Prague wakes up!

My first trip to Prague was at Christmas in 1990. The Velvet Revolution had happened only a year earlier, and the city was awakening after its Nazi and Communist slumbers. I fell in love with its streets and buildings, its river and bridges, and its sturdy, down-to-earth people.

A bit of 20th-century history
As the 1900s began, Prague was just another provincial city of the Hapsburg empire. It slumbered in relative peace, far from political storms and ambitions.

But soon it was swept into WWI, its citizens conscripted to fight for the Emperor in a complicated war that punctured the European status quo and remade the map. After the war ended, Czechoslovakia emerged as an independent country and prospered as a liberal democracy.

Until 1938, when Hitler's Nazi troops took over the city as WWII gathered steam. Till 1945, the people of Prague kept their heads down and waited for liberation.

From 1945-1948, the country was free again. But the 1948 elections brought Communists into power,…

Read all about the wonders and treasures of the Golden City--Prague!

We've made it free! The ebook version of Prague for Beginners will be free for you from June 11-15. All you have to do is visit the page and download your own free copy.

If you don't have an e-reader, you can download the free app at the same time. Then you can read it on your smart phone, your tablet, or your computer--all for free.

Here's the link to get your free copy:

The Star in Prague 6---Hvězda park and palace

From Wikipedia: "Letohrádek Hvězda(Czech pronunciation:[ˈlɛtoˌɦraːdɛk ˈɦvjɛzda], translating into English as "Star Villa" or "Star Summer Palace") is aRenaissancevilla situated in agame reserveof the same name (Obora Hvězda) inLiboc,Prague 6, 7 kilometres west ofPraguecity centre.
The surrounding game reserve was founded in 1530 by King Ferdinand I. Twenty-five years later he commissioned his younger son Ferdinand II, Archduke of Austria, to build the villa. The foundations were laid on 27 June 1555 by the Archduke alone, and construction of the villa was completed three years later. The villa is shaped as a six-pointed star, from which it and the game reserve acquire their shared name. In 1962 the villa was listed as a national cultural monument, which it remains today. An exhibition relating to theBattle of White Mountain, which took place nearby, is now on permanent display inside the publicly accessible villa."…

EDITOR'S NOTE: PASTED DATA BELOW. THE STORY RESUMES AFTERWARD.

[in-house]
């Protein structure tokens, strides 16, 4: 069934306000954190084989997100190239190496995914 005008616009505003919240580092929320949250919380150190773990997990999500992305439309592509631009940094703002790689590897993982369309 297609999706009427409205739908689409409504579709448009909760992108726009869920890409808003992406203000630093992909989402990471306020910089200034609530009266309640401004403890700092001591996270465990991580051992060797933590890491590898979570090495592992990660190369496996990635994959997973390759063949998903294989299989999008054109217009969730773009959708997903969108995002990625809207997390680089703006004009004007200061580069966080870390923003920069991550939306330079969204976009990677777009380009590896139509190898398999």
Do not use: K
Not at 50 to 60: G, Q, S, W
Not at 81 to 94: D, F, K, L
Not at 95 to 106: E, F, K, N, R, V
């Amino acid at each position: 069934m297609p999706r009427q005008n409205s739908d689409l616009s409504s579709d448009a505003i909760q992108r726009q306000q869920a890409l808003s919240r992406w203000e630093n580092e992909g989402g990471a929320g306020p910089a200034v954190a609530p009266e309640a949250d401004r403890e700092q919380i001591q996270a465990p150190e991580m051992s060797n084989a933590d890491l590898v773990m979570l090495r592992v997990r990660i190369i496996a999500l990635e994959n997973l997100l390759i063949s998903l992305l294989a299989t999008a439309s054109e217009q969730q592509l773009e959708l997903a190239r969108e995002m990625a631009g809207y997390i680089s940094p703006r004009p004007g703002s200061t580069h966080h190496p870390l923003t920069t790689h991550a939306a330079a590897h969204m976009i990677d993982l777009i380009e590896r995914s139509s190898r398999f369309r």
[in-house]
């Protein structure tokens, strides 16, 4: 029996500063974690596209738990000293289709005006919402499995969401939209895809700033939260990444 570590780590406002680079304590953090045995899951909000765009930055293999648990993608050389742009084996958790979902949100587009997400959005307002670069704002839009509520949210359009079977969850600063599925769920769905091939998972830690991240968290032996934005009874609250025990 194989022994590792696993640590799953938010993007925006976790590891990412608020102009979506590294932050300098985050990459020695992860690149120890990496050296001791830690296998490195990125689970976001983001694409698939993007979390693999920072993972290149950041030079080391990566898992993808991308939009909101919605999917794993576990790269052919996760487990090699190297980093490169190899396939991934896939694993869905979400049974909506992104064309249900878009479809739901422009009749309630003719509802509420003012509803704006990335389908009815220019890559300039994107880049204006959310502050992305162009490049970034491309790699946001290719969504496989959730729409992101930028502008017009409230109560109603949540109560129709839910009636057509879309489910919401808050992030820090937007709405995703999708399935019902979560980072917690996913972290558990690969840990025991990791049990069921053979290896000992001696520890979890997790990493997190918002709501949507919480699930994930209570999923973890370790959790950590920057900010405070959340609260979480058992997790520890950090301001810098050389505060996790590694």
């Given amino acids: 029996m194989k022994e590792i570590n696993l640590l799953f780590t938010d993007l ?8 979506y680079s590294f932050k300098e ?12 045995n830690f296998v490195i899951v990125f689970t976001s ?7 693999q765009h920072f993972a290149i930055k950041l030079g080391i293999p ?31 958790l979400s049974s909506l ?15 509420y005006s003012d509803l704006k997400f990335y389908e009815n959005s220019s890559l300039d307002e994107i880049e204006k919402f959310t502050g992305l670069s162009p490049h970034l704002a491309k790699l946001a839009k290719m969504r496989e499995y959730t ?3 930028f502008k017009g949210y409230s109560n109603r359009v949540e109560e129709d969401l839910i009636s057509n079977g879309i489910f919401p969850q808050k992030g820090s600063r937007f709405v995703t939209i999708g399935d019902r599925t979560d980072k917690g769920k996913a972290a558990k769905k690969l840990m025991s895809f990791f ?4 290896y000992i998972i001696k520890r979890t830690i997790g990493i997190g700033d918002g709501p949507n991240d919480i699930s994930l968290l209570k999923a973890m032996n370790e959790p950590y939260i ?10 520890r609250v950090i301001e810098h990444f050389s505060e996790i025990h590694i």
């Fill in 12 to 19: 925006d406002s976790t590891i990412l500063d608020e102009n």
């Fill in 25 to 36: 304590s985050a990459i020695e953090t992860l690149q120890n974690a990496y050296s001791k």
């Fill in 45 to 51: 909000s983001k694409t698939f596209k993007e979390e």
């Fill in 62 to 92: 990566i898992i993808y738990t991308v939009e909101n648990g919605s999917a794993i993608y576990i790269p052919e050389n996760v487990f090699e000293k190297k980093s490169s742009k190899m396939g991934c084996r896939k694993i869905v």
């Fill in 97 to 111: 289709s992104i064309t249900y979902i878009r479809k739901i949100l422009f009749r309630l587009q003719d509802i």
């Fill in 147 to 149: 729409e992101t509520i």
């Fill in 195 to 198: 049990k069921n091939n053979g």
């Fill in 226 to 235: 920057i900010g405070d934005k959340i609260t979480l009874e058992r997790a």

The National Theatre is 100 years old!

"The construction of the Czech National Theatre took 13 years and was partly covered by funds raised from a massive public collection. The building was completed in 1881 but only two months after its opening it was destroyed by fire."

"The National Theatre reopened on 18 November, 1883 with the performance of Bedřich Smetana’s opera Libuše, which was performed under the famous slogan Národ sobě – a nation unto itself."

Open House for architectural delights in Prague

"The Open House Praha festival this year will see 65 buildings open to the public on May 19 and 20. The buildings include new examples of modern office architecture, 20th-century landmarks and historical palaces. Twenty-four buildings are new to the program this year.

This year it will be possible to visit a newly renovated apartment building by the architect Kamil Roškot, a completely new development in the form of the Drn palace in Národní třída, the modern office building Greenline, the Brussels pavilion Expo 58 or original Zátka soda factory, now the headquarters of the advertising agency.

Clam-Gallasův palác, photo by ŠJů(cs:ŠJů)
“From historic buildings, visitors should not miss Clam-Gallasův palác or neo-Renaissance Schebkův palác. From the buildings of the 20th century, Kramářova vila, Hotel International Prague in the style of socialist realism, or the distinctive CETIN building from the 1970s are worth mentioning,” festival director Andrea Šenkyříková said."

Learning Czech for non-natives--young learners learn by immersion

"Half of the children in the private kindergarten and nursery school Bambino in Prague are from Czech families, one third are from bilingual families, mostly American-Italian or English-Czech, and the parents of the rest are expatriates, Bambino's head Tomas Trnka said.

"We have kids of about ten nationalities," he said, adding that American, French, Italian, Vietnamese, German, Slovak and Israeli children were most common. "We have children of diplomats who spend a limited time here, usually two or four years. It is their priority that their child has social contacts rather than learns to speak Czech well," Trnka said, adding that foreign employees of world corporations have a similar strategy. But if the foreign parents decide to stay in the country, they want their child to leave kindergarten with a very good command of Czech, he said."

In Brno--support local growers and fair trade

"Brno will join more than 100 other towns and citiesacross the Czech Republic in holding “Fair Breakfast” events on Saturday morning, May 12.

This will be the eighth time that this event, which is always held onWorld Fair Trade Day, has taken place in Brno.

This time, picnickers will meet on the lawn around the Environmental Education Centre Hlídka (“Středisko ekologické výchovy Hlídka”, map) at Špilberk. In case of rain, the breakfast will be moved inside."